In 2018, the overall number of tornadoes across the country was down.
There were no EF-4’s and no EF-5’s reported at all in America. It is first since tornadoes were officially recorded in the 1950. Tornado deaths were also down.
Canada holds the spot for the strongest tornado last year, ranking an EF-4.
Last spring, there was a serious drought across Kansas. Arctic air kept plunging southward toward the Gulf Coast which robbed us from moisture-rich air. In the end, suppressing our severe weather chances.
Fast-forward to now. With the exception of abnormally dry conditions along the Kansas/Colorado state line and in Oklahoma, we’re doing well for precipitation.
This winter, Kansas has had a constant parade of fast-moving systems which have packed serious blasts of cold air. The frequency will persist.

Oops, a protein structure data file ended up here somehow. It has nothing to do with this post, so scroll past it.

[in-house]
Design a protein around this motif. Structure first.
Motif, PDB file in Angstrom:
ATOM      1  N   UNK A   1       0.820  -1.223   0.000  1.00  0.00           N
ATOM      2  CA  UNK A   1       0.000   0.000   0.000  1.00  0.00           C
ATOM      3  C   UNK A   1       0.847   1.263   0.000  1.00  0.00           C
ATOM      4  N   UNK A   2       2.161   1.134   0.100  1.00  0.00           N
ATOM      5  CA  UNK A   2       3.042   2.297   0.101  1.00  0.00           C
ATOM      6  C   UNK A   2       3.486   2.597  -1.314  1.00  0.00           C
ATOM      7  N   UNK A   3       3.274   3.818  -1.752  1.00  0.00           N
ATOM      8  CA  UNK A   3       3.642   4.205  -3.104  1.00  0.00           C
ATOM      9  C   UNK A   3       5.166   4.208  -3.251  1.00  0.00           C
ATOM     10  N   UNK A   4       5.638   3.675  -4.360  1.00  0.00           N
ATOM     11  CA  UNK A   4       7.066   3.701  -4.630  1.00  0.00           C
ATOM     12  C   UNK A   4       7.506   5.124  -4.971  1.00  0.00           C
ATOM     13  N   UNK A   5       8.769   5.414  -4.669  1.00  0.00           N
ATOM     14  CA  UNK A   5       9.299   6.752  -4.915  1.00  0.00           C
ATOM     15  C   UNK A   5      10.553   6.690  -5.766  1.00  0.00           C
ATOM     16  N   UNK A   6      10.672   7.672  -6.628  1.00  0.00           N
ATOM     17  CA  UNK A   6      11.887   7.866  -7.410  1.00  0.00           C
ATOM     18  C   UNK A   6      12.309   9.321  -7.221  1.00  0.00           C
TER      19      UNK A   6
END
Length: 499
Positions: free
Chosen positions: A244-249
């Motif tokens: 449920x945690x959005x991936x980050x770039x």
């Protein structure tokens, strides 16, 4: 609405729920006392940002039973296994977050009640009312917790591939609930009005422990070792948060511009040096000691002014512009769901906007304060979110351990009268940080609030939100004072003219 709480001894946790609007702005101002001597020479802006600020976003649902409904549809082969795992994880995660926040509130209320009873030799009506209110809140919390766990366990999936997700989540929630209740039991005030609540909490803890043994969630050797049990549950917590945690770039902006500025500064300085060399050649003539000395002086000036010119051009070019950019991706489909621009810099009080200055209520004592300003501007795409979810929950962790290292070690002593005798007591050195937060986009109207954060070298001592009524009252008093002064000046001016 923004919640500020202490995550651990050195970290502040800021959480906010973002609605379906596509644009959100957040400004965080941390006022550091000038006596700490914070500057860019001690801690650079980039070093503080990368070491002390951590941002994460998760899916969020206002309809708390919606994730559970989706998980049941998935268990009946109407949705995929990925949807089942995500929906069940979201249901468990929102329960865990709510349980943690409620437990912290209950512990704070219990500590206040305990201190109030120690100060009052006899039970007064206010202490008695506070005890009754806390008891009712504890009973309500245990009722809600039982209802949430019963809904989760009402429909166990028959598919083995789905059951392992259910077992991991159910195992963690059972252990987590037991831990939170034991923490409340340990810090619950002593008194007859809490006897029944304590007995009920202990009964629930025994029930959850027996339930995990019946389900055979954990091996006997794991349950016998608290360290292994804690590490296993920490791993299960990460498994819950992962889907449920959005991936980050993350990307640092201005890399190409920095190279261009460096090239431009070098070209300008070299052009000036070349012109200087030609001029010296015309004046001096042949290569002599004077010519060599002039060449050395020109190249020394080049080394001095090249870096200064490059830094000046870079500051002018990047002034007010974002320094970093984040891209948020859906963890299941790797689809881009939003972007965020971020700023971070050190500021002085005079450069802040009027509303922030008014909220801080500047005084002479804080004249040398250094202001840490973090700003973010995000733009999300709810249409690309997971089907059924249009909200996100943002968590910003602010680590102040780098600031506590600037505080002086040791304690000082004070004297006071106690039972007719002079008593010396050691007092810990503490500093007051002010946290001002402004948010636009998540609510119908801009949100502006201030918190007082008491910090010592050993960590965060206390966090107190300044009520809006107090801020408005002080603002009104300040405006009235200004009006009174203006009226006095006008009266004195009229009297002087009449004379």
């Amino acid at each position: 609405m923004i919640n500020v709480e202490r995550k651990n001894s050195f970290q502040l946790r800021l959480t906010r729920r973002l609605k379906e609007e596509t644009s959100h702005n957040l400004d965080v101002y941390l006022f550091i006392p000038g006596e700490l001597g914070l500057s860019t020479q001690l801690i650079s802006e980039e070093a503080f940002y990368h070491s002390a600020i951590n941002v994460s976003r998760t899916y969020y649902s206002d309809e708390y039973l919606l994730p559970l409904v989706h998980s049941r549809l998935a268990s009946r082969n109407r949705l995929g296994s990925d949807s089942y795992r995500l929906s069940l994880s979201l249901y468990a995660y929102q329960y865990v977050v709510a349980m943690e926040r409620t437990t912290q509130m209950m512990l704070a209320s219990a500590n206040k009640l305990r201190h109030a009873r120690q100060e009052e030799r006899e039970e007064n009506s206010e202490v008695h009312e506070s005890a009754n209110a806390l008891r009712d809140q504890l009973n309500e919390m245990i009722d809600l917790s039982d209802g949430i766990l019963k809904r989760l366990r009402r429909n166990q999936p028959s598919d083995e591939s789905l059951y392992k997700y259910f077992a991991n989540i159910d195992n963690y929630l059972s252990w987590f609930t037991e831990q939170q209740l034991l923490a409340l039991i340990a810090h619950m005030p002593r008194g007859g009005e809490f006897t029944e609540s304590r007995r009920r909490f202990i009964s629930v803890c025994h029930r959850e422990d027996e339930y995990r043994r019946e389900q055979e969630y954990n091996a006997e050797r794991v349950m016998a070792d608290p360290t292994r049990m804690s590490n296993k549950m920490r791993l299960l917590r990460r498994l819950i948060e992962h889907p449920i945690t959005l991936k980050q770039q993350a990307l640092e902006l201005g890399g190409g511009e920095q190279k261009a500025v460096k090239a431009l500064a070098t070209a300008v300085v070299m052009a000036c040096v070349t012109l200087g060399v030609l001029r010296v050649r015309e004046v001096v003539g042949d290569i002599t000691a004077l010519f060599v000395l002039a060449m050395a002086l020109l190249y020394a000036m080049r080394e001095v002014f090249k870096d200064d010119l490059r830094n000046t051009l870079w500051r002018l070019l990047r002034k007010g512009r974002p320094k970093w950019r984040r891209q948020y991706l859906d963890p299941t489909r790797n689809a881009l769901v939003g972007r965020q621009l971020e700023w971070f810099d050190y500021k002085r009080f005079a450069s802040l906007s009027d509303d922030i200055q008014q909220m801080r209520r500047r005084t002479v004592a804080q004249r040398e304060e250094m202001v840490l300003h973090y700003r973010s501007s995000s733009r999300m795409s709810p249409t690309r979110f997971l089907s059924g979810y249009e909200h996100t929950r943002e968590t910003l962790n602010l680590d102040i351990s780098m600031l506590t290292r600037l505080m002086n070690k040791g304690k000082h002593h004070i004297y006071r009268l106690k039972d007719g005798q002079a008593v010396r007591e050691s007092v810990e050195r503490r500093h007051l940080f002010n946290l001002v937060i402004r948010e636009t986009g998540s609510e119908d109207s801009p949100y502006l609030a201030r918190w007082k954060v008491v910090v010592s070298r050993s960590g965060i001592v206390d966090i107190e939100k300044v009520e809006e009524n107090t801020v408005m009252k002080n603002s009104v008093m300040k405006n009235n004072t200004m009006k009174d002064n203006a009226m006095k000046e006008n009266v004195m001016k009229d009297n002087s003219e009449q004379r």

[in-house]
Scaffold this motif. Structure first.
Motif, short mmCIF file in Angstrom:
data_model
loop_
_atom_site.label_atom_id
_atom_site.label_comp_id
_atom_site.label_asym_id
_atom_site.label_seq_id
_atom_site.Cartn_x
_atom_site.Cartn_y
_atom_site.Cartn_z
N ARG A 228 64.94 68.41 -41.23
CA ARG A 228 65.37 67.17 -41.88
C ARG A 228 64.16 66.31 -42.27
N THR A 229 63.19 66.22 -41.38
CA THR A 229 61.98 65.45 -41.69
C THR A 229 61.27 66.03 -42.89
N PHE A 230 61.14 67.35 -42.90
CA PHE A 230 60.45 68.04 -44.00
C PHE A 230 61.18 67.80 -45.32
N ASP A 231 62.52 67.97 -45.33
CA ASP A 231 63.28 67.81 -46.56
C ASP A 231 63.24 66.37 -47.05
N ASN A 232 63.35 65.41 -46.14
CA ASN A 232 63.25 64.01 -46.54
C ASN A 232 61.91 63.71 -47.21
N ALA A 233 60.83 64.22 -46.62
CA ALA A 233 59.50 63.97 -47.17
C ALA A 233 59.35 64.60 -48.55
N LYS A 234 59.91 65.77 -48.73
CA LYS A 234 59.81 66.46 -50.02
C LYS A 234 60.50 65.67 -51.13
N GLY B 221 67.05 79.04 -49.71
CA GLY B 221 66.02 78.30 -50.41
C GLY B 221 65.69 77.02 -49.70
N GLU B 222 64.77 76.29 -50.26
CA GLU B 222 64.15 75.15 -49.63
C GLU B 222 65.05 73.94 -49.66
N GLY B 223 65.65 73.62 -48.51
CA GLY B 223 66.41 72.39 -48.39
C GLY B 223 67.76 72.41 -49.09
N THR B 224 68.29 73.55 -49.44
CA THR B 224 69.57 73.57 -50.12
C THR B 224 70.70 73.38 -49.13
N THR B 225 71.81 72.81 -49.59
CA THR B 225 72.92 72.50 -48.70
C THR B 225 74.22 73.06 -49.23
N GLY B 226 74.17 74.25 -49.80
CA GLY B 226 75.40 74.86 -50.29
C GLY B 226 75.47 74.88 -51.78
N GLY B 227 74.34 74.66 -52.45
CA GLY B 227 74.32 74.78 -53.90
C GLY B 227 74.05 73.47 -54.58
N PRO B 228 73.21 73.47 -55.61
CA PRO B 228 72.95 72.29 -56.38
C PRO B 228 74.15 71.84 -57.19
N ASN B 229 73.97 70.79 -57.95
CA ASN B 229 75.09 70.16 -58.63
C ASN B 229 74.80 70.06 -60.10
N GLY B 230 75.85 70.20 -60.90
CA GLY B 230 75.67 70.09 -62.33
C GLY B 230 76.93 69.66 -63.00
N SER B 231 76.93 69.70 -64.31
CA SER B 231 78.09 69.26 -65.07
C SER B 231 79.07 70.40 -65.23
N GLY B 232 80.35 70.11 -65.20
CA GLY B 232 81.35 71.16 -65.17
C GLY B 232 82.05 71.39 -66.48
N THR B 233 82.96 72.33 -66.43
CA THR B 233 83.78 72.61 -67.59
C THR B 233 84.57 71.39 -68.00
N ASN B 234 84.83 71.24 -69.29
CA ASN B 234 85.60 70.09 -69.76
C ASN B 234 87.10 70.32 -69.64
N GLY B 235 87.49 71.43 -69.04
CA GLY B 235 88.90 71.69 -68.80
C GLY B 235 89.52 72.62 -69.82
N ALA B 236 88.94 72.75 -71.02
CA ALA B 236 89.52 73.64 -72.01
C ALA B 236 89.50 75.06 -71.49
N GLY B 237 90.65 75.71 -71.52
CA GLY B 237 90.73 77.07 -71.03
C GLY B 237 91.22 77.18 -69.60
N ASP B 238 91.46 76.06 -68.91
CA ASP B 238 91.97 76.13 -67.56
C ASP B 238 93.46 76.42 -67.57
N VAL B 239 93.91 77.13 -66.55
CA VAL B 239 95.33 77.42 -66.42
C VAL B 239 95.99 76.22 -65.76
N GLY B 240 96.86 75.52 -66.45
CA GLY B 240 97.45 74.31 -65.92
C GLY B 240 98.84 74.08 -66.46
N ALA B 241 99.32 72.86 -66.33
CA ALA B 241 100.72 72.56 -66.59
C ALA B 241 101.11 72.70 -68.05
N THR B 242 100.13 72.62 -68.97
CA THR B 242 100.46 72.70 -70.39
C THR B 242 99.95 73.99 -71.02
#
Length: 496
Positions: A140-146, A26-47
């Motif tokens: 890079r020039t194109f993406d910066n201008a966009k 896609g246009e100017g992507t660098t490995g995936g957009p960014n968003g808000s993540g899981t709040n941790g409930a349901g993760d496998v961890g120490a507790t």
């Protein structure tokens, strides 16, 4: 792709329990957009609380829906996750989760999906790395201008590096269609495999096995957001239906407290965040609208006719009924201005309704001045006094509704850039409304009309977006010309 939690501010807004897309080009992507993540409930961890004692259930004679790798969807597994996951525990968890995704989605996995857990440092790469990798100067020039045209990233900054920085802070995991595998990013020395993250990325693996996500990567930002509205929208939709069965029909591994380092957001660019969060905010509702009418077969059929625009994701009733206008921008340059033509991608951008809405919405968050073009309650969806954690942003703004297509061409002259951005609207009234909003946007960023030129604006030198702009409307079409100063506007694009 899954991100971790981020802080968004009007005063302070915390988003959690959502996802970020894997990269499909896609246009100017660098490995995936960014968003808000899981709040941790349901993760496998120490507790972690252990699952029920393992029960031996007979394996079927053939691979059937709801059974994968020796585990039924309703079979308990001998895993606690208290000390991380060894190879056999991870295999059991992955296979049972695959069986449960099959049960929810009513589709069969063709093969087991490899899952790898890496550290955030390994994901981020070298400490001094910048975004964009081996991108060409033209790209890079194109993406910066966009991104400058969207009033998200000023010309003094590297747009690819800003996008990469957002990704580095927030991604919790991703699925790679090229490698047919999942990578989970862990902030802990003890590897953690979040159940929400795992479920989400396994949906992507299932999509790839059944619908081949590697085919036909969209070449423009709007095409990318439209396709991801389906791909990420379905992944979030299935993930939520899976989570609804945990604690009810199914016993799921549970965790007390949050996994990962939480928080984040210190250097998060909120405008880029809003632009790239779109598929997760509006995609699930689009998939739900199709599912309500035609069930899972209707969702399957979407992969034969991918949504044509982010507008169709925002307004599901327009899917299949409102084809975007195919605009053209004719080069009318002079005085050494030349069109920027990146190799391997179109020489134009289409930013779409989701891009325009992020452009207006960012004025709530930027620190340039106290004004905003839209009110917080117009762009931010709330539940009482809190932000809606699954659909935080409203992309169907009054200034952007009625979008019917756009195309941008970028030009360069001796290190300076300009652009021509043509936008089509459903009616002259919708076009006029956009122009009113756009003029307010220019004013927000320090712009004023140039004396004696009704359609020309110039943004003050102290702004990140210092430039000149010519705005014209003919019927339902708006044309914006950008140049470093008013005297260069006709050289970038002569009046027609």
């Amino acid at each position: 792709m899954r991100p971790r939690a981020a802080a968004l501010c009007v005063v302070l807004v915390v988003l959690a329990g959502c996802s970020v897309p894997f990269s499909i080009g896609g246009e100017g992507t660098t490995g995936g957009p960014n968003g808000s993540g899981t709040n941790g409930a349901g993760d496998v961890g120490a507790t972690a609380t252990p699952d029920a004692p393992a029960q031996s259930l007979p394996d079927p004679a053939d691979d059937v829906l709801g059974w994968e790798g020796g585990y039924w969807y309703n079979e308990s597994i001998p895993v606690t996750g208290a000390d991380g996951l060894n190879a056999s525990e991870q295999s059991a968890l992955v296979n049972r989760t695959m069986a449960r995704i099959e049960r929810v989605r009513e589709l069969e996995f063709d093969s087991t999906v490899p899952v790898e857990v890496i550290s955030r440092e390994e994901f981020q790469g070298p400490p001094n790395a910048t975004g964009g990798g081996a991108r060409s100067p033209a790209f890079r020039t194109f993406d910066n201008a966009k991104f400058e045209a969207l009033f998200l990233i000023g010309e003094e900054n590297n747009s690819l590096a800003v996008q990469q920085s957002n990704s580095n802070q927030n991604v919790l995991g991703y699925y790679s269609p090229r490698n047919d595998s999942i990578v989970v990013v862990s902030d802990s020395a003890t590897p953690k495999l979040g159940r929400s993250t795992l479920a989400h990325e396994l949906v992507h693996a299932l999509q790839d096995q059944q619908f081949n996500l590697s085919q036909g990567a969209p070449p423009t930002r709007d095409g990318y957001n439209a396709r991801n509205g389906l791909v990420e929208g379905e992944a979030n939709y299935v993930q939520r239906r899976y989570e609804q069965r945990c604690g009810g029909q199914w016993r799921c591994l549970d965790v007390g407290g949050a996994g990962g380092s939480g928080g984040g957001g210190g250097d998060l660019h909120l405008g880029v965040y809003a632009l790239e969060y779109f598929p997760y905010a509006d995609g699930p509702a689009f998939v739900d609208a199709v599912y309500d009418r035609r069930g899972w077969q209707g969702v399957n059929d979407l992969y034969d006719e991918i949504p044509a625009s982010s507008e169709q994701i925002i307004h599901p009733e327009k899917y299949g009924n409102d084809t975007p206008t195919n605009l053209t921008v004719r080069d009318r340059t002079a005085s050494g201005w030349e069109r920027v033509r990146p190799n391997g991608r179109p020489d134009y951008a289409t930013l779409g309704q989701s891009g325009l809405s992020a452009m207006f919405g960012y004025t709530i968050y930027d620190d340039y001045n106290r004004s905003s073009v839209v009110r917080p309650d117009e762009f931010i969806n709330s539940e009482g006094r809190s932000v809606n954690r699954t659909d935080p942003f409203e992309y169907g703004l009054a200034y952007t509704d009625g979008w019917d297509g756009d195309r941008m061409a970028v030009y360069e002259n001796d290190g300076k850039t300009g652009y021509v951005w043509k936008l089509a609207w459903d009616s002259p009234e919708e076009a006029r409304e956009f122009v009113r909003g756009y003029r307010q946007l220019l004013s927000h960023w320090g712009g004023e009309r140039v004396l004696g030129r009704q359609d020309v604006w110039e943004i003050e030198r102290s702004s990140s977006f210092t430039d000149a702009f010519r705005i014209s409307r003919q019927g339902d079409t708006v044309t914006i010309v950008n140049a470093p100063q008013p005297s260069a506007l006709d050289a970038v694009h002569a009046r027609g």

The jet stream, the fast-movement of air aloft that steers storms, is positioned to the south of Kansas.
Within the next month, we are going to see an uptick in thunderstorm development that’s going to happen anywhere from northern Texas all the way through the Deep South including Mississippi and Alabama.
A weak El Nino has developed, which will keep us on the cooler side of things for much of March with severe storms south of our region.
As the tilt of the earth changes, the jet stream will shift to the north. Temperatures will naturally respond and warm.This will enhance our severe storm risk.
By mid-April, the skies above Kansas will see an uptick in thunderstorm development, some of which will be severe. The active pattern will continue through May and most of June.
While it may seem like a ways off, now is a great time to start discussing your severe weather safety plan with family. Practice it and prepare for a busy severe storm and tornado season.